Clay

Bhaktapur also is known as a pottery center, which was exciting to us as we’re both into pottery—Abby has been throwing and hand-building for years, and I started right before we left Bangkok. A lot of the production we saw is standardized, however—not quite the stuff of The Great British Throw Down. After leaving the kilns, we came across some guys working the clay in a courtyard. You literally can see the handiwork in the clay.

Back to Bhaktapur

We visited Bhaktapur in 2012, three years before the earthquake that damaged or destroyed much of the old architecture. We had the opportunity to return this past weekend. Fortunately, the historic areas looked much as they did before … … with some obvious work underway, on historic buildings and residences alike. We saw a lot of people doing puja (worship) at various parts of the square. Lots of fabulous detail. Next: Clay.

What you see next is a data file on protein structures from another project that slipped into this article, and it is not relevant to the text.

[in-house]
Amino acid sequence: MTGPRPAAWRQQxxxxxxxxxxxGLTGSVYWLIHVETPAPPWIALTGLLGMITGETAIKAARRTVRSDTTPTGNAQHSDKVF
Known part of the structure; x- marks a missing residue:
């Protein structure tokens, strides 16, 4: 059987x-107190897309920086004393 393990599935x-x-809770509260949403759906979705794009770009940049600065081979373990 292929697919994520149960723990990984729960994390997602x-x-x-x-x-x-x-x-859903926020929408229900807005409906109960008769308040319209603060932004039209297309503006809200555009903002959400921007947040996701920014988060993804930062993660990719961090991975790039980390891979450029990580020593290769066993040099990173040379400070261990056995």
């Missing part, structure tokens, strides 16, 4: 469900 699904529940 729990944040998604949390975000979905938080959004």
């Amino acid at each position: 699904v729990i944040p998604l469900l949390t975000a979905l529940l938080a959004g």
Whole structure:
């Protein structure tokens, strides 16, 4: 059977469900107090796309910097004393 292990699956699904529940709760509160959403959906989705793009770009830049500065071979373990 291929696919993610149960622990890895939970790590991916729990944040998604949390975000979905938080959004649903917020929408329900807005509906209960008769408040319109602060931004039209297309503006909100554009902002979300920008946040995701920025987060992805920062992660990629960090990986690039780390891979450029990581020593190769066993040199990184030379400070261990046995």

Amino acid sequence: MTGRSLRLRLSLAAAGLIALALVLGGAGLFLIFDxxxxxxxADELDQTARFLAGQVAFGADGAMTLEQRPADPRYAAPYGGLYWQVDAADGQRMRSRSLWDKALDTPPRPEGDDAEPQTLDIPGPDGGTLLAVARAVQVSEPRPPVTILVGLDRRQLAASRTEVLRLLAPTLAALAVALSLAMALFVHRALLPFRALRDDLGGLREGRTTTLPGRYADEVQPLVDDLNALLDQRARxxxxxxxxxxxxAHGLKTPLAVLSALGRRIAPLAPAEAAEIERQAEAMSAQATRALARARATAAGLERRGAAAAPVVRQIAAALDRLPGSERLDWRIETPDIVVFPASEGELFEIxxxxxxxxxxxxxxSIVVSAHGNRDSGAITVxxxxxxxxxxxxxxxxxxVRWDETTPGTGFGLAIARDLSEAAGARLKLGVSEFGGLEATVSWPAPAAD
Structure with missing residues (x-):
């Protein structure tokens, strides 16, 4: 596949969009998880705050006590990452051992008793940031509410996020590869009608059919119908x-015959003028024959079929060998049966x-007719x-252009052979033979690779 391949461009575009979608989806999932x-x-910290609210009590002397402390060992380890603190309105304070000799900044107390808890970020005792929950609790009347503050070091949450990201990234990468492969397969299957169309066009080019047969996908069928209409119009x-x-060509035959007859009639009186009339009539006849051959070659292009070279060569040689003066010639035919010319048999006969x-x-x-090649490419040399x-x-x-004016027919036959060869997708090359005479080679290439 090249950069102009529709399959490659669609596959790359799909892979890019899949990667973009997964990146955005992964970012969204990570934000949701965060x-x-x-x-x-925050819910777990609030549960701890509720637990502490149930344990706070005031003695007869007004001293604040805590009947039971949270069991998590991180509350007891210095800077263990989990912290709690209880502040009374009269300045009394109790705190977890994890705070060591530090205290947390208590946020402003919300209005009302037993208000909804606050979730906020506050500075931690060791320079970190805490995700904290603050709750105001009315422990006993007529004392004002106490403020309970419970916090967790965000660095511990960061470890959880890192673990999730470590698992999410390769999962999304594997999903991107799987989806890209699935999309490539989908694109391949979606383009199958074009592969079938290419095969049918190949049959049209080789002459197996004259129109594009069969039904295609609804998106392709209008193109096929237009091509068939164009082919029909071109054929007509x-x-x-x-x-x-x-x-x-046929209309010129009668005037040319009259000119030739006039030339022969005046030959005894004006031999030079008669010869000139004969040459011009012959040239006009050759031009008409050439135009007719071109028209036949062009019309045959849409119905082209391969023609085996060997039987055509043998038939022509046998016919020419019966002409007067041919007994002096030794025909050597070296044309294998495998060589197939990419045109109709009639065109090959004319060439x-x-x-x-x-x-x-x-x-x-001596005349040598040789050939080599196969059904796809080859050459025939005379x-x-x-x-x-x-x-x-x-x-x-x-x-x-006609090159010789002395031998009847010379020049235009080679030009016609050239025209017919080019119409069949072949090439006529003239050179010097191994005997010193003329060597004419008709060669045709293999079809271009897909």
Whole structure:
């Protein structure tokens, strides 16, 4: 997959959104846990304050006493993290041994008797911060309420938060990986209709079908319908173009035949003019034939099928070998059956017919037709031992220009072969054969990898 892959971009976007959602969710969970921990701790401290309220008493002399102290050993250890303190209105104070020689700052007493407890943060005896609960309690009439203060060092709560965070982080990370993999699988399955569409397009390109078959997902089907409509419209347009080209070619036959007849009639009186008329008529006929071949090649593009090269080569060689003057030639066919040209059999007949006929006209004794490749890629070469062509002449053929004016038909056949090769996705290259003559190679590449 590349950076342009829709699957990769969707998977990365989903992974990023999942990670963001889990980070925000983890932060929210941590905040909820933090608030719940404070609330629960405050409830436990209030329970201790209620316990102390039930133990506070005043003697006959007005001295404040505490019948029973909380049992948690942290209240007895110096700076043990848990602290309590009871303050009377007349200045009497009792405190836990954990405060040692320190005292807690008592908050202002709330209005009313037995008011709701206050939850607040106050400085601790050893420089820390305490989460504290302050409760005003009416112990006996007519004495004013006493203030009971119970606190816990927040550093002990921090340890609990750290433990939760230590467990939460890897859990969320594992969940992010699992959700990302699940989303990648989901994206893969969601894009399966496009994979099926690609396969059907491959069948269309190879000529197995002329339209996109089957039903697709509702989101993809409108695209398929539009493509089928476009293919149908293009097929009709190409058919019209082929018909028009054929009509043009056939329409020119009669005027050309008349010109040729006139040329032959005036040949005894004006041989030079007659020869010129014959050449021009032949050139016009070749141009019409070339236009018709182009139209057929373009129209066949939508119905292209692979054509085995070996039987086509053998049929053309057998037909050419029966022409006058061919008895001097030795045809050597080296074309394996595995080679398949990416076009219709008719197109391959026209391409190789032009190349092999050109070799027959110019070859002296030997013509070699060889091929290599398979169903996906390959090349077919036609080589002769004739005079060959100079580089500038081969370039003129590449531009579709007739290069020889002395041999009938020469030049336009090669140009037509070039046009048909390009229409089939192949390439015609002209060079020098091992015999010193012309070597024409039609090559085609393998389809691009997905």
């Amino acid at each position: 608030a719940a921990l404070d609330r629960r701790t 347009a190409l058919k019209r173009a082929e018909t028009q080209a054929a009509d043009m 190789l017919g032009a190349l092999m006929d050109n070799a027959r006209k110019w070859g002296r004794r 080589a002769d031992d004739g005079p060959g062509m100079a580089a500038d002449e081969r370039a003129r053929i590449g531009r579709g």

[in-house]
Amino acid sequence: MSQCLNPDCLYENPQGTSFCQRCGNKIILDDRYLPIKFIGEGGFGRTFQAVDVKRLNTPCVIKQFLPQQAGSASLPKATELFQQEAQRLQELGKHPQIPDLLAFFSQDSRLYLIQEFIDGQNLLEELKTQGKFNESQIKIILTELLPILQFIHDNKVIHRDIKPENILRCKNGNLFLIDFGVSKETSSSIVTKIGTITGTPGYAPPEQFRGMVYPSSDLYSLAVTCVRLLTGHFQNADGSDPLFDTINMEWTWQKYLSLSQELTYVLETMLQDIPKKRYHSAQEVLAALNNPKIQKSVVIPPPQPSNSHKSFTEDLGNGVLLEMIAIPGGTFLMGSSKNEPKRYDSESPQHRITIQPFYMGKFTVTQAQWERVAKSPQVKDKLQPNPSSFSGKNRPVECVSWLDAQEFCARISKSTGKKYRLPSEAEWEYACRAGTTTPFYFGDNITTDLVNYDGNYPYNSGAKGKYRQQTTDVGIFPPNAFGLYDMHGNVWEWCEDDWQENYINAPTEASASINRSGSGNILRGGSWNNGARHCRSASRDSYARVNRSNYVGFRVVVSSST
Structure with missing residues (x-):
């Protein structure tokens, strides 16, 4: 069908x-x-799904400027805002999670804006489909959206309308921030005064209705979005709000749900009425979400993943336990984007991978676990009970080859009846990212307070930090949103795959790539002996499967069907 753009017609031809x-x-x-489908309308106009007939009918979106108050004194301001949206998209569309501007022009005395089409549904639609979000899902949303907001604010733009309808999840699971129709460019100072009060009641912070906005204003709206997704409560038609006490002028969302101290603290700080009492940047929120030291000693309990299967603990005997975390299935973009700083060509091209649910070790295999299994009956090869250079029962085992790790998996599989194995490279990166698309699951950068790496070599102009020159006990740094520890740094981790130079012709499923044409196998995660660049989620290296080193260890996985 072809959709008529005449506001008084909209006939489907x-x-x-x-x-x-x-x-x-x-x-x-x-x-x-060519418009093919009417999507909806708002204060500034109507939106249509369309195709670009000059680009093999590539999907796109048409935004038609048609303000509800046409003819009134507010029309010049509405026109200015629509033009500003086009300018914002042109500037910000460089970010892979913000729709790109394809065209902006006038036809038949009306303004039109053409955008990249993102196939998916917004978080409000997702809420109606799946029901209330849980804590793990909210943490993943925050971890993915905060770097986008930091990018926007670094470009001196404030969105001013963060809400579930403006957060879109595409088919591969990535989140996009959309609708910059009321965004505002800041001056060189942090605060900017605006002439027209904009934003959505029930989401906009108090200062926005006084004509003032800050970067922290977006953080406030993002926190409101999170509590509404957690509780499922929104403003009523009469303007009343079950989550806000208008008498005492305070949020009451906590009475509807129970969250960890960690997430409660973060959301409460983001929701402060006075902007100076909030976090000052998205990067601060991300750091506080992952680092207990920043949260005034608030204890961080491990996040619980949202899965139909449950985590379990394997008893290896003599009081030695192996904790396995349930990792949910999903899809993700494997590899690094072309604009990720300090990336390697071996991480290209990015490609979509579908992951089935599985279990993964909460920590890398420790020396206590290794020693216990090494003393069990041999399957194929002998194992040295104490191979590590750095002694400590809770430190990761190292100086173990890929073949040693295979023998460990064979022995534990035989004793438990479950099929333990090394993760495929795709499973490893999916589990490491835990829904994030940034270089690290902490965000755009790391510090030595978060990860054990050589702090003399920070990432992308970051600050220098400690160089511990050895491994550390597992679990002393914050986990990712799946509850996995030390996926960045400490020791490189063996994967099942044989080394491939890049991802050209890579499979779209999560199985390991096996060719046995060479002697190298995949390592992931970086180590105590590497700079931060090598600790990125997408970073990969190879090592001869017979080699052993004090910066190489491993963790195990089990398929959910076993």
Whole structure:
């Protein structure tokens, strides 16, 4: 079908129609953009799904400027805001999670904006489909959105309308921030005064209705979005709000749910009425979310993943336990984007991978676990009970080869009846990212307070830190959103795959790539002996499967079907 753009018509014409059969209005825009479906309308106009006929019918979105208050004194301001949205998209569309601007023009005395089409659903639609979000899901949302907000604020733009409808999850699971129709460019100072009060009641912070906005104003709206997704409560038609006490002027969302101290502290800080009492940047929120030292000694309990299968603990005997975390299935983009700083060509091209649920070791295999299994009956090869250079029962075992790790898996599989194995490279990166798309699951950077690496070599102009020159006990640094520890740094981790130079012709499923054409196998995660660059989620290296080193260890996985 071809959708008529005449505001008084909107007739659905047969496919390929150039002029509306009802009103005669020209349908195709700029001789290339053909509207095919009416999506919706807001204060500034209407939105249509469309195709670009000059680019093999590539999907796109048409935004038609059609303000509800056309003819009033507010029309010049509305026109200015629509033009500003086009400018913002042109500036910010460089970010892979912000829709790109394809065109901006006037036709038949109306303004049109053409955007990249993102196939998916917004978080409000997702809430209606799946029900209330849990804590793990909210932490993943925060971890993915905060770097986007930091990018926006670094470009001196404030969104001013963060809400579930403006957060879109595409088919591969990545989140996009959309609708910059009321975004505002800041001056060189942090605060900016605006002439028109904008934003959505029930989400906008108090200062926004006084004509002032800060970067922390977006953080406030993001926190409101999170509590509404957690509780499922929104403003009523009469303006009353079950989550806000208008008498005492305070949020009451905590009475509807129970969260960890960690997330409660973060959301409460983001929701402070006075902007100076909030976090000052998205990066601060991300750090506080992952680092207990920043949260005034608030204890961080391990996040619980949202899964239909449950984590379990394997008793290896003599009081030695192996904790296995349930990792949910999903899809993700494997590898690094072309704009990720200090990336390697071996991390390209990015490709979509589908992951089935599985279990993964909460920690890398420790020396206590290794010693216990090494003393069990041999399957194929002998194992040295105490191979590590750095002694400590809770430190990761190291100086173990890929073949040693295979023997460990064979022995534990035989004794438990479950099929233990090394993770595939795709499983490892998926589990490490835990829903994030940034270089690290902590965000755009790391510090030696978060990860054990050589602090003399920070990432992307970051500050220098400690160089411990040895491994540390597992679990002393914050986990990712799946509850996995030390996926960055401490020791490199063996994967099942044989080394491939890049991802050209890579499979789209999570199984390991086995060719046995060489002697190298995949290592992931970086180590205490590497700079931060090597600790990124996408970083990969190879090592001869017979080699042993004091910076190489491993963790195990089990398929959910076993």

kathman-two: bhaktapur

this post is rated “m” for mature audiences only. on day two, we visited bhaktapur, a historic town just outside kathmandu. it’s a living town, albeit a heavily touristed one, and a unesco world heritage site. the architecture is remarkable. the entry to the historic town (just past the ticket booth) opens onto a wide square ringed with temples and administrative buildings. it looks almost artificial, like a theme park version of nepal. once past this, however, you will find the actual shops and houses. now, i must admit that one problem of living in india is that i’ve seen…